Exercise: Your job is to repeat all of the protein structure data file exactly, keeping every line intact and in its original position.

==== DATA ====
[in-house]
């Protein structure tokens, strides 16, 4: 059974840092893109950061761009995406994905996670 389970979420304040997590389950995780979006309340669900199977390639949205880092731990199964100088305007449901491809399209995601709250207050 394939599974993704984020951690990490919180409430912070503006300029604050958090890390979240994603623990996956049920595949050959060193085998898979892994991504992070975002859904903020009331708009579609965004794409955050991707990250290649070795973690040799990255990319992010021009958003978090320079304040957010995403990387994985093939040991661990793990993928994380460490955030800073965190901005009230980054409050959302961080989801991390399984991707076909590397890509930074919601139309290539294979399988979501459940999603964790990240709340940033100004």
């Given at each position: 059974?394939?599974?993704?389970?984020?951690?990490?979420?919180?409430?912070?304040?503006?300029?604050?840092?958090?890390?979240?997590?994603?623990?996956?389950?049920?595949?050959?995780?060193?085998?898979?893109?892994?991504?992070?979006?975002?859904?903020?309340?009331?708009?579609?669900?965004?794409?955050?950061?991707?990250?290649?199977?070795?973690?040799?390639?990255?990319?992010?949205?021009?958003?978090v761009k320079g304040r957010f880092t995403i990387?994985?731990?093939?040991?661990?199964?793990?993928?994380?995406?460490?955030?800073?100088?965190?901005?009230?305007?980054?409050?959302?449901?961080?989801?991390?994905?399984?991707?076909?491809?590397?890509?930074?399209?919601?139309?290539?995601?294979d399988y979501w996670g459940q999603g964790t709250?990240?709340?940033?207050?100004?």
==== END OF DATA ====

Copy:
[in-house]
């Protein structure tokens, strides 16, 4: 059974840092893109950061761009995406994905996670 389970979420304040997590389950995780979006309340669900199977390639949205880092731990199964100088305007449901491809399209995601709250207050 394939599974993704984020951690990490919180409430912070503006300029604050958090890390979240994603623990996956049920595949050959060193085998898979892994991504992070975002859904903020009331708009579609965004794409955050991707990250290649070795973690040799990255990319992010021009958003978090320079304040957010995403990387994985093939040991661990793990993928994380460490955030800073965190901005009230980054409050959302961080989801991390399984991707076909590397890509930074919601139309290539294979399988979501459940999603964790990240709340940033100004």
């Given at each position: 059974?394939?599974?993704?389970?984020?951690?990490?979420?919180?409430?912070?304040?503006?300029?604050?840092?958090?890390?979240?997590?994603?623990?996956?389950?049920?595949?050959?995780?060193?085998?898979?893109?892994?991504?992070?979006?975002?859904?903020?309340?009331?708009?579609?669900?965004?794409?955050?950061?991707?990250?290649?199977?070795?973690?040799?390639?990255?990319?992010?949205?021009?958003?978090v761009k320079g304040r957010f880092t995403i990387?994985?731990?093939?040991?661990?199964?793990?993928?994380?995406?460490?955030?800073?100088?965190?901005?009230?305007?980054?409050?959302?449901?961080?989801?991390?994905?399984?991707?076909?491809?590397?890509?930074?399209?919601?139309?290539?995601?294979d399988y979501w996670g459940q999603g964790t709250?990240?709340?940033?207050?100004?």